In the book of Ezechiel chapter 16
Human sacrifice is condemned in verses 20-21 “And you took your sons and daughters whom you bore to me and sacrificed them as food to the idols. Was your prostitution not enough? You slaughtered my children and sacrificed them to the idols. In all your detestable practices and your prostitution you did not remember the days of your youth ...” (NIV)
In chapter 20 verses 25-26, human sacrifice was approved “Therefore, I also gave them statutes that were not good, and judgments, in which they shall not live. And I polluted them in their own gifts , when they offered all that opened the womb, for their offenses: and they shall know that I am the Lord.”
In chapter 20 verses 30-31, human sacrificed is condemned reversing verses 25-26. “… Verily, you re defiled in the way of your fathers, and you commit fornication with their abominations. And you defile yourselves with all your idols unto this day, in the offering of your gifts, when you make your children pass through the fire: and shall I answer you, O house of Israel? As I live, saith the Lord, I will not answer you.”
In the book of Ezechiel chapter 26
God said that Nebuchednazar (verse 7) would conquer and destroy Tyrus, great waters (verse 19) would cover the city, and that it would never be found again (verse 21).
None of God’s statements came to pass. Nebuchednazar never conquered the city. The city was never covered by water. Tyrus still exists, and people live there.
In the book of Ezekiel chapter 29
In a prophecy about Egypt, in verses 8-12, it reads "Therefore thus saith the Lord God: Behold, I will bring the sword upon thee: and cut off man and beast out of thee. And the land of Egypt shall become a desert, and a wilderness: and they shall know that I am the Lord: because thou hast said: The river is mine, and I made it. Therefore, behold I come against thee, and thy rivers: and I will make the land of Egypt utterly desolate, and wasted by the sword, from the tower of Syene, even to the borders of Ethiopia. "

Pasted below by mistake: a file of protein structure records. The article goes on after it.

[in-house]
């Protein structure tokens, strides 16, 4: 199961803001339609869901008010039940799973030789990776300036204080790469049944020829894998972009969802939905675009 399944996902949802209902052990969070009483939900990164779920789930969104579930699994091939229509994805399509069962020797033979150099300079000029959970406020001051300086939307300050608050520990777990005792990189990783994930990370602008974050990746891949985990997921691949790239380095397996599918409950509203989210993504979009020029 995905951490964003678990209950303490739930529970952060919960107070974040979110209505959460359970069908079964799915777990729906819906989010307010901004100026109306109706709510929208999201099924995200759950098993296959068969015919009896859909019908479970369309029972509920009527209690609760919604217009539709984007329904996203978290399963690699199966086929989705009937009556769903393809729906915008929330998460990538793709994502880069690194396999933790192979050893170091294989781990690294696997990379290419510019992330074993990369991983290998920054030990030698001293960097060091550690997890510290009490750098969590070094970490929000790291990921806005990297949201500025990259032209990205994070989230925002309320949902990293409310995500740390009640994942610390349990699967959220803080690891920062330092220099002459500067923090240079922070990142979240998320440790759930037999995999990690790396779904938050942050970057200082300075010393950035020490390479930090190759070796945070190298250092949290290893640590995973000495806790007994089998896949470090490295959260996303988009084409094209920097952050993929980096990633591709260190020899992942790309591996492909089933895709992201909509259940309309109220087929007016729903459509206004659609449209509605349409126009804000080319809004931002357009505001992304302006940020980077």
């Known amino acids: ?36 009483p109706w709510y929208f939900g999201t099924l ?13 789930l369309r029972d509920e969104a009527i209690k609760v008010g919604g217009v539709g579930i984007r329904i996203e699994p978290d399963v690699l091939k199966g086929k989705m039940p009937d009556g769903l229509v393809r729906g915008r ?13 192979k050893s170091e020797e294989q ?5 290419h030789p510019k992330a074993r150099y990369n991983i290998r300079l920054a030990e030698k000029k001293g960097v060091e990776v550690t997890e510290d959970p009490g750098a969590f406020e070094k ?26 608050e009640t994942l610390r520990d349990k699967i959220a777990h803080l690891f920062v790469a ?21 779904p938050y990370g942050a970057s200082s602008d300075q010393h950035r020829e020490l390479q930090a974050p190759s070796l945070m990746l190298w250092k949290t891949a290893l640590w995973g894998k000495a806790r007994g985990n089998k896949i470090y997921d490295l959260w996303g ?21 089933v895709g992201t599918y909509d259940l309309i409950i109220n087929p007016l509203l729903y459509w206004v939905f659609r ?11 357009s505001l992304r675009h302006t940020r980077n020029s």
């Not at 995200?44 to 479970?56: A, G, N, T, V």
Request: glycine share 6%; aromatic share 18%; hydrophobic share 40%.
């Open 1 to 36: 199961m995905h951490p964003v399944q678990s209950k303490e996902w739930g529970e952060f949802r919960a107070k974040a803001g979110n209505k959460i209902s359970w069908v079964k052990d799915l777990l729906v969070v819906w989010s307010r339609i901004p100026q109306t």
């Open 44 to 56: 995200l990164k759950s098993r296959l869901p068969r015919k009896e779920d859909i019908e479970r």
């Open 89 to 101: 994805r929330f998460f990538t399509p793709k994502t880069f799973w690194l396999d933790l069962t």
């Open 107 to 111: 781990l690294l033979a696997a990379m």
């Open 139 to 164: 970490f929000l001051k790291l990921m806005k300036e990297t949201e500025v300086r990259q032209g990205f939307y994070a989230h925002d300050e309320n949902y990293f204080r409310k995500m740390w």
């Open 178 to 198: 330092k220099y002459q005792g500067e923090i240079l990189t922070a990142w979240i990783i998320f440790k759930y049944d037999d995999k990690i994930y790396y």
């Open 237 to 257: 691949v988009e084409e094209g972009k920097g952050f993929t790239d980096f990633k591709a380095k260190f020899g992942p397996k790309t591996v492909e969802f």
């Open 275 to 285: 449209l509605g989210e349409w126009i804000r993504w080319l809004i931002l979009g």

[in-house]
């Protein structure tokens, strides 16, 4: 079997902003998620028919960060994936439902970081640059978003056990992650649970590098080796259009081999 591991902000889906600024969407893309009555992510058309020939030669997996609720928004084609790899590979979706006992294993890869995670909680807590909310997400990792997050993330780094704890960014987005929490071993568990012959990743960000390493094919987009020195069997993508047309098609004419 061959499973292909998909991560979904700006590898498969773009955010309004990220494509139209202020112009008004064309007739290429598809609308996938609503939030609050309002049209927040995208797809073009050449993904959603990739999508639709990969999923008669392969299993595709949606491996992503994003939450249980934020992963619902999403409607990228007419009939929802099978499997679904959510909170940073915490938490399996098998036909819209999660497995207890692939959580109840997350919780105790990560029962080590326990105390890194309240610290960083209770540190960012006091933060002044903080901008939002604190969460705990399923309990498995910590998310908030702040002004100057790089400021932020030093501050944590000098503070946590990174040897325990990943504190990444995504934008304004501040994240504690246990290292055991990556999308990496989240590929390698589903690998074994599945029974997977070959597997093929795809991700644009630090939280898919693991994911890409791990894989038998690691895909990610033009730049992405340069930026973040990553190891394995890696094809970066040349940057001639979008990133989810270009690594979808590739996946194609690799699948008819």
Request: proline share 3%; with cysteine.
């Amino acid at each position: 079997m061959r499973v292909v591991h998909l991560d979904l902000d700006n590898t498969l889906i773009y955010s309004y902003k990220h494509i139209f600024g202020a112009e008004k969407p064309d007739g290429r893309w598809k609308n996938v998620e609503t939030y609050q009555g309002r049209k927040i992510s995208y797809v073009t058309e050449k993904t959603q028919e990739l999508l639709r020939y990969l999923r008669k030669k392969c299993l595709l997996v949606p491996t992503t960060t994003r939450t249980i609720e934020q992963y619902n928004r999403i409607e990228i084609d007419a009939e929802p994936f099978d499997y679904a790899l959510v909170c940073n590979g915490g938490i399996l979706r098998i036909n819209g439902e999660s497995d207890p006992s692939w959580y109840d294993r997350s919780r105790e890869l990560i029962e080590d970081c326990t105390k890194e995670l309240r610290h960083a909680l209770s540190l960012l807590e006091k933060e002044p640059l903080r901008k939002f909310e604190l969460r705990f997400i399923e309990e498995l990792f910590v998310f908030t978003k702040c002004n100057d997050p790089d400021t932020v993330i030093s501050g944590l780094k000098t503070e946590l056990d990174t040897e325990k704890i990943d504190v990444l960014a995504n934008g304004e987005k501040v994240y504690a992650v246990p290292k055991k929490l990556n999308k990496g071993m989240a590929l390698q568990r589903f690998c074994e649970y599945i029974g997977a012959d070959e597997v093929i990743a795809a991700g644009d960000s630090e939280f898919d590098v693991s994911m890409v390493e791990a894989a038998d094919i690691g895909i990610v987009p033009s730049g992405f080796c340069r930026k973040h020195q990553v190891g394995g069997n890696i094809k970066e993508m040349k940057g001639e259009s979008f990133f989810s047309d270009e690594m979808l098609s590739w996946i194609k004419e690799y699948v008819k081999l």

[This prophecy did not happen.]
In the book of Daniel
The serious historical inconsistencies in this book prevent any discussion of its contents. Those inconsistencies (and their possible resolutions) are the subjects of other sites.
In the book of Hosea chapters 1 and 3
Twice, Hosea is instructed by God to marry an adulteress, and he does so. In chapter 1 verse 2, it reads “… and the Lord said to Hosea: Go, take thee a wife of fornications, and have of her children of fornications: for the land by fornication shall depart from the Lord.” And, in chapter 3 verse 1, it reads “And the Lord said to me: Go yet again, and love a woman beloved of her friend, and an adulteress …”
Adultery was prohibited by God in the Ten Commandments in Deuteronomy 5:18. [Apparently, polygamy was acceptable, and, in this case, was ordered by God.]Return to the index page